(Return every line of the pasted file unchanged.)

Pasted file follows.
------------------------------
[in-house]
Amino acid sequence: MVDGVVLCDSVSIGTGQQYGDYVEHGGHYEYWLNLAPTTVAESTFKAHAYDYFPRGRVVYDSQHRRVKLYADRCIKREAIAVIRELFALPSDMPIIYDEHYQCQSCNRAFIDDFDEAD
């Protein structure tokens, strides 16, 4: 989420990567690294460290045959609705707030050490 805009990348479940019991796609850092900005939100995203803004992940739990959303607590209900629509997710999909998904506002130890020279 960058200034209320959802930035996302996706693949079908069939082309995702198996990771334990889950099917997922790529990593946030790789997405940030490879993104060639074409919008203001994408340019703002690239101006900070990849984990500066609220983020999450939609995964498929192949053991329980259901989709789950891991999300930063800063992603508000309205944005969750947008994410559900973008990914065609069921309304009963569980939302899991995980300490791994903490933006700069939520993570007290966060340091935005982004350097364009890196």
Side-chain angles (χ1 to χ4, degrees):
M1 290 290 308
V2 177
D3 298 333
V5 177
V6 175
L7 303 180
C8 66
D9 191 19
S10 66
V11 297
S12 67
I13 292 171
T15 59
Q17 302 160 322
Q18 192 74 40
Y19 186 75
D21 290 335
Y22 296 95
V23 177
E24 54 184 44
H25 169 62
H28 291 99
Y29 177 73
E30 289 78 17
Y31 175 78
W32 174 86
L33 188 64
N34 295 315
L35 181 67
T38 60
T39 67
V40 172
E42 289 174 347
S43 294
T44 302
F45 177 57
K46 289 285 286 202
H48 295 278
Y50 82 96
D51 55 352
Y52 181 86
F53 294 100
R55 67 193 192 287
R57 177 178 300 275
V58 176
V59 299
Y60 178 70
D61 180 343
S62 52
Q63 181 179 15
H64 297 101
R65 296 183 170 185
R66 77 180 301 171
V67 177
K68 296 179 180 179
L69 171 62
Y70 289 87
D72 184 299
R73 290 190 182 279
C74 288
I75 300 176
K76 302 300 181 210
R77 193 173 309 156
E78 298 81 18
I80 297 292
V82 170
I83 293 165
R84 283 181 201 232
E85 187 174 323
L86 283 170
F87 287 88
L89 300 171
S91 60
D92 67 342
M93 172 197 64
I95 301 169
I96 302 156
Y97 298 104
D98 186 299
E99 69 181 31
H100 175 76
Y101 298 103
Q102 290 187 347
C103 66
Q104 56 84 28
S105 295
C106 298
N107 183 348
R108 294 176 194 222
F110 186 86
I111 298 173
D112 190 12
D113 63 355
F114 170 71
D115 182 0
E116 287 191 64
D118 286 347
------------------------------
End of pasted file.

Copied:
[in-house]
Amino acid sequence: MVDGVVLCDSVSIGTGQQYGDYVEHGGHYEYWLNLAPTTVAESTFKAHAYDYFPRGRVVYDSQHRRVKLYADRCIKREAIAVIRELFALPSDMPIIYDEHYQCQSCNRAFIDDFDEAD
């Protein structure tokens, strides 16, 4: 989420990567690294460290045959609705707030050490 805009990348479940019991796609850092900005939100995203803004992940739990959303607590209900629509997710999909998904506002130890020279 960058200034209320959802930035996302996706693949079908069939082309995702198996990771334990889950099917997922790529990593946030790789997405940030490879993104060639074409919008203001994408340019703002690239101006900070990849984990500066609220983020999450939609995964498929192949053991329980259901989709789950891991999300930063800063992603508000309205944005969750947008994410559900973008990914065609069921309304009963569980939302899991995980300490791994903490933006700069939520993570007290966060340091935005982004350097364009890196």
Side-chain angles (χ1 to χ4, degrees):
M1 290 290 308
V2 177
D3 298 333
V5 177
V6 175
L7 303 180
C8 66
D9 191 19
S10 66
V11 297
S12 67
I13 292 171
T15 59
Q17 302 160 322
Q18 192 74 40
Y19 186 75
D21 290 335
Y22 296 95
V23 177
E24 54 184 44
H25 169 62
H28 291 99
Y29 177 73
E30 289 78 17
Y31 175 78
W32 174 86
L33 188 64
N34 295 315
L35 181 67
T38 60
T39 67
V40 172
E42 289 174 347
S43 294
T44 302
F45 177 57
K46 289 285 286 202
H48 295 278
Y50 82 96
D51 55 352
Y52 181 86
F53 294 100
R55 67 193 192 287
R57 177 178 300 275
V58 176
V59 299
Y60 178 70
D61 180 343
S62 52
Q63 181 179 15
H64 297 101
R65 296 183 170 185
R66 77 180 301 171
V67 177
K68 296 179 180 179
L69 171 62
Y70 289 87
D72 184 299
R73 290 190 182 279
C74 288
I75 300 176
K76 302 300 181 210
R77 193 173 309 156
E78 298 81 18
I80 297 292
V82 170
I83 293 165
R84 283 181 201 232
E85 187 174 323
L86 283 170
F87 287 88
L89 300 171
S91 60
D92 67 342
M93 172 197 64
I95 301 169
I96 302 156
Y97 298 104
D98 186 299
E99 69 181 31
H100 175 76
Y101 298 103
Q102 290 187 347
C103 66
Q104 56 84 28
S105 295
C106 298
N107 183 348
R108 294 176 194 222
F110 186 86
I111 298 173
D112 190 12
D113 63 355
F114 170 71
D115 182 0
E116 287 191 64
D118 286 347